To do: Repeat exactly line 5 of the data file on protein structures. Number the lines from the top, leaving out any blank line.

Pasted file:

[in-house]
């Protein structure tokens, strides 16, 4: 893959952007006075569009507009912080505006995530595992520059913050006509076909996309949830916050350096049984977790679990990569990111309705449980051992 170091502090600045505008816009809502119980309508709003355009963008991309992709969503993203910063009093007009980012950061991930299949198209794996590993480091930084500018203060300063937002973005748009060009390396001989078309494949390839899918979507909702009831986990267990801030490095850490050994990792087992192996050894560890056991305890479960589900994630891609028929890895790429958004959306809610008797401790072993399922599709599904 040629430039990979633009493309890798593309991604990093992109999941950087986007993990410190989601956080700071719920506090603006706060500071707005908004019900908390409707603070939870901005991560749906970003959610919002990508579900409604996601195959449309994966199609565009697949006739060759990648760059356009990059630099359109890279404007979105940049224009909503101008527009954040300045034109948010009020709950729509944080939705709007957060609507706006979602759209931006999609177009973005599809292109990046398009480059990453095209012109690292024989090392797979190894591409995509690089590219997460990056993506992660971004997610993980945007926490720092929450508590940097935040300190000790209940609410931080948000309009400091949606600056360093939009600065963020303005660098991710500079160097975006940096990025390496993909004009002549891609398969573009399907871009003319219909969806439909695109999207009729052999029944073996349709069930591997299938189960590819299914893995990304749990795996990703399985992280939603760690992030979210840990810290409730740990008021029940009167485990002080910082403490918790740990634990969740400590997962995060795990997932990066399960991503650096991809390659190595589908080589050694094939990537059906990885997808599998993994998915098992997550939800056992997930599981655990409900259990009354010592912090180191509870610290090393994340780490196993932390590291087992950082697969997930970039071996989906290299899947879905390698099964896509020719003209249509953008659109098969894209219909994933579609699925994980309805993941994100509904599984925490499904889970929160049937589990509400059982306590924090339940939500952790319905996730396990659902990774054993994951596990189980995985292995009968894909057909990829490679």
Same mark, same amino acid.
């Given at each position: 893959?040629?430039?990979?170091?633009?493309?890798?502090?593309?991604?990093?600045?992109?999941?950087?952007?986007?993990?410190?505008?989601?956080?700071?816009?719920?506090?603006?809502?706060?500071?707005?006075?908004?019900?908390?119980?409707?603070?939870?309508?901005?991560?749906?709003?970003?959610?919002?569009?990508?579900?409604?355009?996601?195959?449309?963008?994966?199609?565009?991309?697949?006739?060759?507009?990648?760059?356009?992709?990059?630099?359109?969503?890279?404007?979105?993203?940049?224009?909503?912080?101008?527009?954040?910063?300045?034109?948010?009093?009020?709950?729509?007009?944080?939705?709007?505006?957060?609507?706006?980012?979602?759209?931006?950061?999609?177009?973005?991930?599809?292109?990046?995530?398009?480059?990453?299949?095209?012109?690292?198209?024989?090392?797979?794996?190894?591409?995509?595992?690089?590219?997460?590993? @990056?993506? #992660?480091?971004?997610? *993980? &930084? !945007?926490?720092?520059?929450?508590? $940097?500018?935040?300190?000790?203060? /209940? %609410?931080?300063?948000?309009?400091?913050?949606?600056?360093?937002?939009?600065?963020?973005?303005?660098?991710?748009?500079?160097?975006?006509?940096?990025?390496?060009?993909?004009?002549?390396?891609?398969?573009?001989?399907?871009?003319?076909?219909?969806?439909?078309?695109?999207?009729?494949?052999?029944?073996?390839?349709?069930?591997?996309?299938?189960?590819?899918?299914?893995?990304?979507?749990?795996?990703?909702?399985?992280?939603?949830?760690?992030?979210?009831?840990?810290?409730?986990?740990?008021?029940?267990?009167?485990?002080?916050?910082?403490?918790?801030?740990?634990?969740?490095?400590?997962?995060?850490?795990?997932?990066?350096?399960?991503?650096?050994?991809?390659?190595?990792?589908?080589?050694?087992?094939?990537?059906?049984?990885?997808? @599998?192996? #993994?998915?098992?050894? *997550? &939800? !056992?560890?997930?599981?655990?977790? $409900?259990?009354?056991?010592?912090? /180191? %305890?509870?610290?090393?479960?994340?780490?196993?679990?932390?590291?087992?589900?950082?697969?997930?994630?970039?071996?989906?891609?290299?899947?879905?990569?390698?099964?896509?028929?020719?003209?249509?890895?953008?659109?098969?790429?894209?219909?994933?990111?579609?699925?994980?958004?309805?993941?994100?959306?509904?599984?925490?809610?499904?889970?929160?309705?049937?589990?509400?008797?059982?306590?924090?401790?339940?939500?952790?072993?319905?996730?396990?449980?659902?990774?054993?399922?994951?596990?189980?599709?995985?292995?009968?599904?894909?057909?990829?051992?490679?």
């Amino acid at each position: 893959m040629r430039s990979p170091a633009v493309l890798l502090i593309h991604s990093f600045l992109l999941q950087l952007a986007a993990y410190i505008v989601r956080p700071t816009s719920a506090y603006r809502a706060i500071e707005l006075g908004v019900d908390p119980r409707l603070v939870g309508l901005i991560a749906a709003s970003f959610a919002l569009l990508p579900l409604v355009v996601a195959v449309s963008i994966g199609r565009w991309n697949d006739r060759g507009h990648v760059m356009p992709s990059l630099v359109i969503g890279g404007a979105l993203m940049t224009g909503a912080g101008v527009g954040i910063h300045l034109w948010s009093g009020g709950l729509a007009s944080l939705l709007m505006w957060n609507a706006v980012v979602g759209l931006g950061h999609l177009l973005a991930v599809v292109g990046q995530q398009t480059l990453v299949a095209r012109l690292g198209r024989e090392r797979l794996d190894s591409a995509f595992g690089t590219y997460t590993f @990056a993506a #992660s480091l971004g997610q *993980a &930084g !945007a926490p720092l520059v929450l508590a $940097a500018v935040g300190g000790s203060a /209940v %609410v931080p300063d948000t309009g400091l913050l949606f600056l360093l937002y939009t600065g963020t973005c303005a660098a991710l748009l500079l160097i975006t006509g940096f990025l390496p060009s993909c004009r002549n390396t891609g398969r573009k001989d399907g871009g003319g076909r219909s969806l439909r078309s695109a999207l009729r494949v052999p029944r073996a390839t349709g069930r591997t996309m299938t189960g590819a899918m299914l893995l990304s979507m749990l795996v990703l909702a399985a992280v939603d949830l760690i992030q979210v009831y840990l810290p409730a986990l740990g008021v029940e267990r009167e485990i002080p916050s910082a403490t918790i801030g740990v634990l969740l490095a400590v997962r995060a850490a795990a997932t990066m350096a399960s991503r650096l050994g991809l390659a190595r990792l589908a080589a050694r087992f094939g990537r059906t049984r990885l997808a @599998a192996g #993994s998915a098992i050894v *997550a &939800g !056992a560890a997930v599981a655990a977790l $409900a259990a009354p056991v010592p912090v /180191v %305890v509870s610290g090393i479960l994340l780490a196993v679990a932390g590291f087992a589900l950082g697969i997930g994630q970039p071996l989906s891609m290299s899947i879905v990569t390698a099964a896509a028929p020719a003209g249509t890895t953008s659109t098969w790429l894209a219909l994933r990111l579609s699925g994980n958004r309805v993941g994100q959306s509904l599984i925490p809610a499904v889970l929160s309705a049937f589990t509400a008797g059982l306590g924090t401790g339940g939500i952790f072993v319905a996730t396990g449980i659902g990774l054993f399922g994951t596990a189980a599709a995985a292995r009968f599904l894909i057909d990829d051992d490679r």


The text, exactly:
């Amino acid at each position: 893959m040629r430039s990979p170091a633009v493309l890798l502090i593309h991604s990093f600045l992109l999941q950087l952007a986007a993990y410190i505008v989601r956080p700071t816009s719920a506090y603006r809502a706060i500071e707005l006075g908004v019900d908390p119980r409707l603070v939870g309508l901005i991560a749906a709003s970003f959610a919002l569009l990508p579900l409604v355009v996601a195959v449309s963008i994966g199609r565009w991309n697949d006739r060759g507009h990648v760059m356009p992709s990059l630099v359109i969503g890279g404007a979105l993203m940049t224009g909503a912080g101008v527009g954040i910063h300045l034109w948010s009093g009020g709950l729509a007009s944080l939705l709007m505006w957060n609507a706006v980012v979602g759209l931006g950061h999609l177009l973005a991930v599809v292109g990046q995530q398009t480059l990453v299949a095209r012109l690292g198209r024989e090392r797979l794996d190894s591409a995509f595992g690089t590219y997460t590993f @990056a993506a #992660s480091l971004g997610q *993980a &930084g !945007a926490p720092l520059v929450l508590a $940097a500018v935040g300190g000790s203060a /209940v %609410v931080p300063d948000t309009g400091l913050l949606f600056l360093l937002y939009t600065g963020t973005c303005a660098a991710l748009l500079l160097i975006t006509g940096f990025l390496p060009s993909c004009r002549n390396t891609g398969r573009k001989d399907g871009g003319g076909r219909s969806l439909r078309s695109a999207l009729r494949v052999p029944r073996a390839t349709g069930r591997t996309m299938t189960g590819a899918m299914l893995l990304s979507m749990l795996v990703l909702a399985a992280v939603d949830l760690i992030q979210v009831y840990l810290p409730a986990l740990g008021v029940e267990r009167e485990i002080p916050s910082a403490t918790i801030g740990v634990l969740l490095a400590v997962r995060a850490a795990a997932t990066m350096a399960s991503r650096l050994g991809l390659a190595r990792l589908a080589a050694r087992f094939g990537r059906t049984r990885l997808a @599998a192996g #993994s998915a098992i050894v *997550a &939800g !056992a560890a997930v599981a655990a977790l $409900a259990a009354p056991v010592p912090v /180191v %305890v509870s610290g090393i479960l994340l780490a196993v679990a932390g590291f087992a589900l950082g697969i997930g994630q970039p071996l989906s891609m290299s899947i879905v990569t390698a099964a896509a028929p020719a003209g249509t890895t953008s659109t098969w790429l894209a219909l994933r990111l579609s699925g994980n958004r309805v993941g994100q959306s509904l599984i925490p809610a499904v889970l929160s309705a049937f589990t509400a008797g059982l306590g924090t401790g339940g939500i952790f072993v319905a996730t396990g449980i659902g990774l054993f399922g994951t596990a189980a599709a995985a292995r009968f599904l894909i057909d990829d051992d490679r």